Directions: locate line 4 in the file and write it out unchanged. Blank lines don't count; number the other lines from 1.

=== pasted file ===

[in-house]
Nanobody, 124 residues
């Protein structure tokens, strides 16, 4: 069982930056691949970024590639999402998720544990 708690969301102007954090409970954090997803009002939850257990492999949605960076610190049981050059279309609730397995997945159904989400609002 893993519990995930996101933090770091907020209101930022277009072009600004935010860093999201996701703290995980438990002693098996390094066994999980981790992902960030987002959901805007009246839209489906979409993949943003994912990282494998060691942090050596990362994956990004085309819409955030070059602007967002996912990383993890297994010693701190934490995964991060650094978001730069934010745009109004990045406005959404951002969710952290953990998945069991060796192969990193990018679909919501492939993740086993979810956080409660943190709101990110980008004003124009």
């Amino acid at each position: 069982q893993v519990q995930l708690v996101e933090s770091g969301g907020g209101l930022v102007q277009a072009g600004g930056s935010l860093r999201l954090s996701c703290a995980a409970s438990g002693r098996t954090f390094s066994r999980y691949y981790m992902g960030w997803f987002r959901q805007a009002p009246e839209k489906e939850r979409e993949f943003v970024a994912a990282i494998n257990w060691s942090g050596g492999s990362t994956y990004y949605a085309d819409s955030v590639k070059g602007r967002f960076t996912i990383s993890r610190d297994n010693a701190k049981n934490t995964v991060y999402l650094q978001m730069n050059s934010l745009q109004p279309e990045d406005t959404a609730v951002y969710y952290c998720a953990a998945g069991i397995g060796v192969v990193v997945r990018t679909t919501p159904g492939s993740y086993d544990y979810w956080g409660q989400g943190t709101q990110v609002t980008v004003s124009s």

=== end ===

């Amino acid at each position: 069982q893993v519990q995930l708690v996101e933090s770091g969301g907020g209101l930022v102007q277009a072009g600004g930056s935010l860093r999201l954090s996701c703290a995980a409970s438990g002693r098996t954090f390094s066994r999980y691949y981790m992902g960030w997803f987002r959901q805007a009002p009246e839209k489906e939850r979409e993949f943003v970024a994912a990282i494998n257990w060691s942090g050596g492999s990362t994956y990004y949605a085309d819409s955030v590639k070059g602007r967002f960076t996912i990383s993890r610190d297994n010693a701190k049981n934490t995964v991060y999402l650094q978001m730069n050059s934010l745009q109004p279309e990045d406005t959404a609730v951002y969710y952290c998720a953990a998945g069991i397995g060796v192969v990193v997945r990018t679909t919501p159904g492939s993740y086993d544990y979810w956080g409660q989400g943190t709101q990110v609002t980008v004003s124009s």